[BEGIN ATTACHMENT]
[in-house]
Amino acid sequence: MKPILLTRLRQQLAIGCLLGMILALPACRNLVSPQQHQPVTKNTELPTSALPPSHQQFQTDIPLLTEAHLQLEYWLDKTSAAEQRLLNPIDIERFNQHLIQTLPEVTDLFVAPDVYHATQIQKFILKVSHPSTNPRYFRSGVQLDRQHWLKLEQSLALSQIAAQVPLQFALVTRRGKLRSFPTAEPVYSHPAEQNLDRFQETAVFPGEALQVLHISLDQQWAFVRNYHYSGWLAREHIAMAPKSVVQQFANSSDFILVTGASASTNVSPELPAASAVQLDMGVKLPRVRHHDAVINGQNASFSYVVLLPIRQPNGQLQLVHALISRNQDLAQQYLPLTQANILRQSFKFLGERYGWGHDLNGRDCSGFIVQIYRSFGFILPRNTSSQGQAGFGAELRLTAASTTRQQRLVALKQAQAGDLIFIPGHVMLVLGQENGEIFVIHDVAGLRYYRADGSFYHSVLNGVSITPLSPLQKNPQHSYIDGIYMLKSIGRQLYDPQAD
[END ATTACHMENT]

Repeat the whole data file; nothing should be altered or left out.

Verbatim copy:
[in-house]
Amino acid sequence: MKPILLTRLRQQLAIGCLLGMILALPACRNLVSPQQHQPVTKNTELPTSALPPSHQQFQTDIPLLTEAHLQLEYWLDKTSAAEQRLLNPIDIERFNQHLIQTLPEVTDLFVAPDVYHATQIQKFILKVSHPSTNPRYFRSGVQLDRQHWLKLEQSLALSQIAAQVPLQFALVTRRGKLRSFPTAEPVYSHPAEQNLDRFQETAVFPGEALQVLHISLDQQWAFVRNYHYSGWLAREHIAMAPKSVVQQFANSSDFILVTGASASTNVSPELPAASAVQLDMGVKLPRVRHHDAVINGQNASFSYVVLLPIRQPNGQLQLVHALISRNQDLAQQYLPLTQANILRQSFKFLGERYGWGHDLNGRDCSGFIVQIYRSFGFILPRNTSSQGQAGFGAELRLTAASTTRQQRLVALKQAQAGDLIFIPGHVMLVLGQENGEIFVIHDVAGLRYYRADGSFYHSVLNGVSITPLSPLQKNPQHSYIDGIYMLKSIGRQLYDPQAD